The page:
The room was filled with people. For the most part, they looked like simple folk, dressed in their Sunday best, the sort who weren’t used to dressing to attract attention in public. Freshly shaven and splashed with cologne, most with service medals pinned to their coats, the men beamed with pride, but wore shirts that strained at the buttons. The women wore overstated lipstick and blush, and had either small hats or flowers pinned to their blueing hair. The woman who’d let them in was there, refilling her glass from one of several decanters on a side table. A corked bottle of champagne was chilling next to them. A man in a white tuxedo and holding a flute of champagne stood leaning against the fireplace. He had blonde hair in an obvious comb-over and a thick mustache. He was being talked at by an excited woman Sitting on the couches and smoking were two younger women and a man, all well appointed and suitably bored. One of the women was paging through a fashion magazine and commenting in a dry voice about the model on each page. On the other side of the room was a long table covered in a damp white table cloth and piled high with silver trays of finger foods. Several men were standing at the table eating bits of meat held to crackers by toothpicks. They were talking amongst themselves with the air of people waiting for something else.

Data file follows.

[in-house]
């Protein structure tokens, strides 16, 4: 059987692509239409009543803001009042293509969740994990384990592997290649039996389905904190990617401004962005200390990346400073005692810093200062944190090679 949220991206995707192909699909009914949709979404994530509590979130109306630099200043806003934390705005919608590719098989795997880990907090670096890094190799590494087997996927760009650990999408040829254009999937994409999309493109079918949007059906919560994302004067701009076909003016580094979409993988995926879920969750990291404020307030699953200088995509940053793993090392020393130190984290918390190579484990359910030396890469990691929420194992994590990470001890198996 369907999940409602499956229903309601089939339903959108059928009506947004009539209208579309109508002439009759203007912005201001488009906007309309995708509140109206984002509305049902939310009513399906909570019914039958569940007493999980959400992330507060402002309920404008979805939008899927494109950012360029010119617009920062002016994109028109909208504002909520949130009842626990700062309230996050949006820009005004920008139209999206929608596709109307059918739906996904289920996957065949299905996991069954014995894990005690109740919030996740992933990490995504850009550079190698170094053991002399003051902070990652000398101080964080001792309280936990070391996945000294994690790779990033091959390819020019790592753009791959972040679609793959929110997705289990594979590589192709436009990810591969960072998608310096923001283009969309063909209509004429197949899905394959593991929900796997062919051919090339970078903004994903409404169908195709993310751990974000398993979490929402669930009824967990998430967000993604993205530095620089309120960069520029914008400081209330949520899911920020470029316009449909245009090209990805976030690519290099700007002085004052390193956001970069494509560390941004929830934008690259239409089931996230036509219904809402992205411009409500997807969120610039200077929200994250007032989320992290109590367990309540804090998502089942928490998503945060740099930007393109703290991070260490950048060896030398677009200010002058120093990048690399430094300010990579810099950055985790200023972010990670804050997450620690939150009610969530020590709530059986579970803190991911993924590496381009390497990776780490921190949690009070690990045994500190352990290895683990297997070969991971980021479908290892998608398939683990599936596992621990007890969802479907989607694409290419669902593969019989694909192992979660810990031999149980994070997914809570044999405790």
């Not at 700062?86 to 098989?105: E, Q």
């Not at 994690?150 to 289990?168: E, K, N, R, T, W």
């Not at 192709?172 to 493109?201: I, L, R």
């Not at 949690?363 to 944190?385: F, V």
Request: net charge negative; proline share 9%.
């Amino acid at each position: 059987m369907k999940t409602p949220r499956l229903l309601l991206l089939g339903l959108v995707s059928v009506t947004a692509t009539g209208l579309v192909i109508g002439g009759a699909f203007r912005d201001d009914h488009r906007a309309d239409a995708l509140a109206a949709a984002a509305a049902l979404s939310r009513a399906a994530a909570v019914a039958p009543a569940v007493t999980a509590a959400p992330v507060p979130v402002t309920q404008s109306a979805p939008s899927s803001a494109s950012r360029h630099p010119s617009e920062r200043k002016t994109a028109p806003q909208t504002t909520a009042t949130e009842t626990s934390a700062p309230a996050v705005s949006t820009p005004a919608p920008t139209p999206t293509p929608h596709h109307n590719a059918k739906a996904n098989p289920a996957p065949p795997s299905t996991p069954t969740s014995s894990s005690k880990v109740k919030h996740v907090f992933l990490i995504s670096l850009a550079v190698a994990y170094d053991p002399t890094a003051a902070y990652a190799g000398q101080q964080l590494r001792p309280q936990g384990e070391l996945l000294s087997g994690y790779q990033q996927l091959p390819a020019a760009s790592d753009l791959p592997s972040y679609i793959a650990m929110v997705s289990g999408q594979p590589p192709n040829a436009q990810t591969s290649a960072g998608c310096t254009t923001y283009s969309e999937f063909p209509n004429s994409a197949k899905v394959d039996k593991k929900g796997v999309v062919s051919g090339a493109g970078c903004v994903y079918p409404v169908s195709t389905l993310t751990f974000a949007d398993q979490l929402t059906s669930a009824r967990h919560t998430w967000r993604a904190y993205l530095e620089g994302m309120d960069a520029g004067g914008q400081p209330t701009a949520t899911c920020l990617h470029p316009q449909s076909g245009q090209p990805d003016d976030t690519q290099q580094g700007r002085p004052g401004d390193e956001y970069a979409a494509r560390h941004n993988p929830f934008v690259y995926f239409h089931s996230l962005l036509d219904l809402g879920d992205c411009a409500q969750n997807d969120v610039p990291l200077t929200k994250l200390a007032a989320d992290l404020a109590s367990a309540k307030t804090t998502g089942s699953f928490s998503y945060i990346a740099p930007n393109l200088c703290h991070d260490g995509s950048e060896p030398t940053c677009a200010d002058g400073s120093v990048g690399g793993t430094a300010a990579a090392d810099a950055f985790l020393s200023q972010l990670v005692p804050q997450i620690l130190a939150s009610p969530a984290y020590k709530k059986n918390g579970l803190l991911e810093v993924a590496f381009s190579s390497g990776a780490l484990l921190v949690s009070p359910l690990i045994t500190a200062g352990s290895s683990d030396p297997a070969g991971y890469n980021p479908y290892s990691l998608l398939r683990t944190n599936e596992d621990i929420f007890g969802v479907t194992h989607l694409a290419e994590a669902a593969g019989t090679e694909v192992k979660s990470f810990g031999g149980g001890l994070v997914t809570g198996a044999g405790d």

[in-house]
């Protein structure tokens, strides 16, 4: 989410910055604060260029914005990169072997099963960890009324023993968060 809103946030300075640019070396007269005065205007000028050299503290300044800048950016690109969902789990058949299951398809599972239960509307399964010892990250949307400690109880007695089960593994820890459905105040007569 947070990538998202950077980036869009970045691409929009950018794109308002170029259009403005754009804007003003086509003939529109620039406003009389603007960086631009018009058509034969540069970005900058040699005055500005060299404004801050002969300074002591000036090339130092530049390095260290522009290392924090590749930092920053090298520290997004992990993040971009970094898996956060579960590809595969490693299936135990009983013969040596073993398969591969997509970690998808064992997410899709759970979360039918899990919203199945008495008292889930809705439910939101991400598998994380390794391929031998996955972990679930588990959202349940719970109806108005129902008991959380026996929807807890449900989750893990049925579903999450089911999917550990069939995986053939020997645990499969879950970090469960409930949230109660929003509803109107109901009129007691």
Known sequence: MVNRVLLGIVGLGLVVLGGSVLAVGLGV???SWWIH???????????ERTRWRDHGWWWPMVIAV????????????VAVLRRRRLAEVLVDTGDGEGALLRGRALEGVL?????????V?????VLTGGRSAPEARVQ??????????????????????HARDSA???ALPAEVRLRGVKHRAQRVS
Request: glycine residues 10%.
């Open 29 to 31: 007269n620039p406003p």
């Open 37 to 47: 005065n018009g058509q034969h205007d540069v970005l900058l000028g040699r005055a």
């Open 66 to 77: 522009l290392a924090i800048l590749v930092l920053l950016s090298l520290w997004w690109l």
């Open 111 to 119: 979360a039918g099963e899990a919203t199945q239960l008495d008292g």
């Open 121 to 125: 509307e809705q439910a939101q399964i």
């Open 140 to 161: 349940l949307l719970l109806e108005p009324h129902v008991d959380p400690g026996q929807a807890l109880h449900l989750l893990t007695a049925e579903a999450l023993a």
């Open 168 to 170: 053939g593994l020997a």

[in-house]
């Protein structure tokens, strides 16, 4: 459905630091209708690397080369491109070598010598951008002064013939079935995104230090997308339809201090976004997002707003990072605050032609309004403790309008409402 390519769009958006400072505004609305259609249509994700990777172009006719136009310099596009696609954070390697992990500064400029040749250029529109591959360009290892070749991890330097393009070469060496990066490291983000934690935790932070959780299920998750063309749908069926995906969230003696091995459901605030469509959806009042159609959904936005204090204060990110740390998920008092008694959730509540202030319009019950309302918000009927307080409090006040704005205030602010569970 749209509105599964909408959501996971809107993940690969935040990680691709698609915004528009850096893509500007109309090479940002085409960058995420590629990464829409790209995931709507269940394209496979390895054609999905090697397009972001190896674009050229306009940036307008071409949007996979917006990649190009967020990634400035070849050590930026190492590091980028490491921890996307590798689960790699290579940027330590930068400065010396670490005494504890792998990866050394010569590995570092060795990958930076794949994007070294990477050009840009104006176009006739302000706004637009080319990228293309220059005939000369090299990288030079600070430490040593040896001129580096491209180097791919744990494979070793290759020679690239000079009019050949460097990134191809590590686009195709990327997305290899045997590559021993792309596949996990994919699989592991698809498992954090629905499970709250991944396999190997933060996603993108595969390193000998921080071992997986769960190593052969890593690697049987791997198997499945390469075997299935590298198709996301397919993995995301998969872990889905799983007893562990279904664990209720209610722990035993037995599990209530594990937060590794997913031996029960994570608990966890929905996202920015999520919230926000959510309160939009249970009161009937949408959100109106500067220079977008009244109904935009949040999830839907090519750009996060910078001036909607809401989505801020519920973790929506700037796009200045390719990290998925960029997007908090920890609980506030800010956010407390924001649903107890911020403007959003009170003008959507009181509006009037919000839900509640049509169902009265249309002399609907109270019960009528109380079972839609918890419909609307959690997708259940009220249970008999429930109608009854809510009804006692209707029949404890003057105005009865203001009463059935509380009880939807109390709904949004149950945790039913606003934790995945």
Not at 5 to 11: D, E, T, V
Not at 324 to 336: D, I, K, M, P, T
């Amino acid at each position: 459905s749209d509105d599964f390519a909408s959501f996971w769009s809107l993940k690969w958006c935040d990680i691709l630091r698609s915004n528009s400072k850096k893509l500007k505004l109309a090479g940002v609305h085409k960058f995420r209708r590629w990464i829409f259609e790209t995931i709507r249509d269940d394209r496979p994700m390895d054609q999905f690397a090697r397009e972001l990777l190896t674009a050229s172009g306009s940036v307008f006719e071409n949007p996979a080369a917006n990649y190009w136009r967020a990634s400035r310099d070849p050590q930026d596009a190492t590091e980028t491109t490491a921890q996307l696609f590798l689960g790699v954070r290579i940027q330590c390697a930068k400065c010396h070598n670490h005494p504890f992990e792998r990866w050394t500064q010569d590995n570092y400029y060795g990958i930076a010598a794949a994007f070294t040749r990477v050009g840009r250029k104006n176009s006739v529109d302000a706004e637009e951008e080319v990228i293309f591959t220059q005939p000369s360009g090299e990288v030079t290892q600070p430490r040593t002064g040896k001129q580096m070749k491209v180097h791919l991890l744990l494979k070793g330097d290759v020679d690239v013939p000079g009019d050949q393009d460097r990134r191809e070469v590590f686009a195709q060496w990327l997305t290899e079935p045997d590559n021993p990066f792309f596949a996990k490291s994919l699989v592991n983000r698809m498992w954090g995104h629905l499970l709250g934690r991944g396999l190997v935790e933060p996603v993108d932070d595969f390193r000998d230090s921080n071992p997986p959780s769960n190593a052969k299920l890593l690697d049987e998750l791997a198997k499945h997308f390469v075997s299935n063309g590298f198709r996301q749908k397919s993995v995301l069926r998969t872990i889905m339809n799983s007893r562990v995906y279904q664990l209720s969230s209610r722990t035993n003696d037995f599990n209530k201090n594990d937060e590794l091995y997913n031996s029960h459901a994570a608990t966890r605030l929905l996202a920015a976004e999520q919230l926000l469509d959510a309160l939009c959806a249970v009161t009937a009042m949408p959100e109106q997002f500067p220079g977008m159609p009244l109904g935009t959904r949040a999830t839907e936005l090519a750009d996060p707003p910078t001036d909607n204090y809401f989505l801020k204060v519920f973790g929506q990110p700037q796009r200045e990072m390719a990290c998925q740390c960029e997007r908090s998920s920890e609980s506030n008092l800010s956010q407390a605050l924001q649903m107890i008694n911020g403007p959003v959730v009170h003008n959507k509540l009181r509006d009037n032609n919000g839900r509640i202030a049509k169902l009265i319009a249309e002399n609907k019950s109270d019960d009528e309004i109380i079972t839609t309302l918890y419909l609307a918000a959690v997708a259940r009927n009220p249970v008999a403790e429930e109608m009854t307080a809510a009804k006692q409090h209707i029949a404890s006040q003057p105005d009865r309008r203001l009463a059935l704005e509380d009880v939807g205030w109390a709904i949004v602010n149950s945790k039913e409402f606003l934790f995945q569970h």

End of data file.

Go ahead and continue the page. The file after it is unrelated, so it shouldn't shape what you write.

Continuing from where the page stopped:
The man by the fire noticed the two of them standing in the doorway and used this as an excuse to extricate himself from his companion. He called to the Doctor and Pandora. “Hell of a day for a garden party, wouldn’t you say, old chap?” he said in an American accent. “Come and dry off and introduce yourselves.”

The Doctor took a step inside, but stopped when Pandora caught her breath and then his arm. She was staring at one of the women on the couch. “Lola Brewster,” she said under her breath. “That’s Lola Brewster! I’ve seen ‘Greek Holiday’ a hundred times! ‘Breakfast at Neiman Marcus!’, ‘Wait until Dusk!’ ” She turned to the Doctor, now gripping his arm with both hands. “But this is 1962! She hasn’t even made that one yet! Oh, Doctor, what do I say to her?”

The Doctor stepped back out of the room and held Pandora by the shoulders. “Ask her what she thinks of Warhol’s portrait of her. Tell her the scotch eggs are divine. Tell her it’s a shame about her husband, but whatever you do, don’t show any interest in her responses, or she’ll think you’re a fan.”